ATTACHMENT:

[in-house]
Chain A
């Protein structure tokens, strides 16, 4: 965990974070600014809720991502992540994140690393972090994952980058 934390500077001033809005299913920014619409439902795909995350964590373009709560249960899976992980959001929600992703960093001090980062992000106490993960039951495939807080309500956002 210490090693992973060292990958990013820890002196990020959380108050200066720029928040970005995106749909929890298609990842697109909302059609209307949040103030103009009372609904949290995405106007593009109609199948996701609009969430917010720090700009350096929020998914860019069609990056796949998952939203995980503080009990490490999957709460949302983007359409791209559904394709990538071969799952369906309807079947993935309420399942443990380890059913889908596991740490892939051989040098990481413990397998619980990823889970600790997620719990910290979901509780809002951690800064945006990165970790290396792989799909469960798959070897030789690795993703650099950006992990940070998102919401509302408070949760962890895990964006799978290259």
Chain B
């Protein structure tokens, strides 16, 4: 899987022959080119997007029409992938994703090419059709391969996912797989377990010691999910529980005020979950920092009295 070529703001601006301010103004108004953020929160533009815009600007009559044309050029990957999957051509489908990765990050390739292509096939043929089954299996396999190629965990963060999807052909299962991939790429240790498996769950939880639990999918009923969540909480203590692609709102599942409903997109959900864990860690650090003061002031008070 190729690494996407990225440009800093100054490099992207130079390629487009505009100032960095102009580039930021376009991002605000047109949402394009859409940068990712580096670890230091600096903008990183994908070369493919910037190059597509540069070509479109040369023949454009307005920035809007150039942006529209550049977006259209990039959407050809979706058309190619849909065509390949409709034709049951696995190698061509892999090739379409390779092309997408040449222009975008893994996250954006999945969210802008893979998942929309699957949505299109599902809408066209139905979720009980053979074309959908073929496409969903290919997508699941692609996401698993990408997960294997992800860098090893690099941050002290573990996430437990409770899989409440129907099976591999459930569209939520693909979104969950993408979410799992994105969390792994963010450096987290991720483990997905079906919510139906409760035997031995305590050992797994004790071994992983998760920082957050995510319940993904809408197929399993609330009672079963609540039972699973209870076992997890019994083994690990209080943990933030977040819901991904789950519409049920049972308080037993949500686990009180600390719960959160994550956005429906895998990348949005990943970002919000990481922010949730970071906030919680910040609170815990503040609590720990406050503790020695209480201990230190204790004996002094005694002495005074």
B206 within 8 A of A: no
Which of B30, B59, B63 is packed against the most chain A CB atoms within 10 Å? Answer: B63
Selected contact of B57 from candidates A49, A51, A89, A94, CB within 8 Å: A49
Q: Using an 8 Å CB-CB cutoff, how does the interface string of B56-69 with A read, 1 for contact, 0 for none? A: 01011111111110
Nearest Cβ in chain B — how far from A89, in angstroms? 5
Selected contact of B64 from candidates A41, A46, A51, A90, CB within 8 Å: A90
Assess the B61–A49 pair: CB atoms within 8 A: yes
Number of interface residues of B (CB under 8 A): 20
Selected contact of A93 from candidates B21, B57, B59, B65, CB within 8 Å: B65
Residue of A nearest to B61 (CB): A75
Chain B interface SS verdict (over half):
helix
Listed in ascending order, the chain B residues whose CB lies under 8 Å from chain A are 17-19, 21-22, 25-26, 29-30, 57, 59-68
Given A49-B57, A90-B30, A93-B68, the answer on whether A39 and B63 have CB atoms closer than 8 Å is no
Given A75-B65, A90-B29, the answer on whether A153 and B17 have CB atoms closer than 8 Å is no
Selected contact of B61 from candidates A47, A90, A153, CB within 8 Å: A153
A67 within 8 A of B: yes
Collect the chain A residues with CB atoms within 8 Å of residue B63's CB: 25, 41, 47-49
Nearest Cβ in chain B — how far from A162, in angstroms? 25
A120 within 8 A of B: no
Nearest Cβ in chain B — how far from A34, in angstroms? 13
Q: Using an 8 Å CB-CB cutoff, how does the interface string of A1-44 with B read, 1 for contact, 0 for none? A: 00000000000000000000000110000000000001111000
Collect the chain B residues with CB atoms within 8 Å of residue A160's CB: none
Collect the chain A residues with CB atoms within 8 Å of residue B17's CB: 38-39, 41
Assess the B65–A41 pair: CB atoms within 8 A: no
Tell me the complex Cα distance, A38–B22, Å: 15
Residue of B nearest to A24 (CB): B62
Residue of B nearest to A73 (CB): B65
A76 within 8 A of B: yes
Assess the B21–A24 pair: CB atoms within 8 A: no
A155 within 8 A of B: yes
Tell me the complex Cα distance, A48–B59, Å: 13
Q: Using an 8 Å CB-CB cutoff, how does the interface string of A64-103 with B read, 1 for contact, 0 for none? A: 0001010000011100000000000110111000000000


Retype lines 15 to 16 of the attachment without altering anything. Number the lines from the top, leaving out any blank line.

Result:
Residue of A nearest to B61 (CB): A75
Chain B interface SS verdict (over half):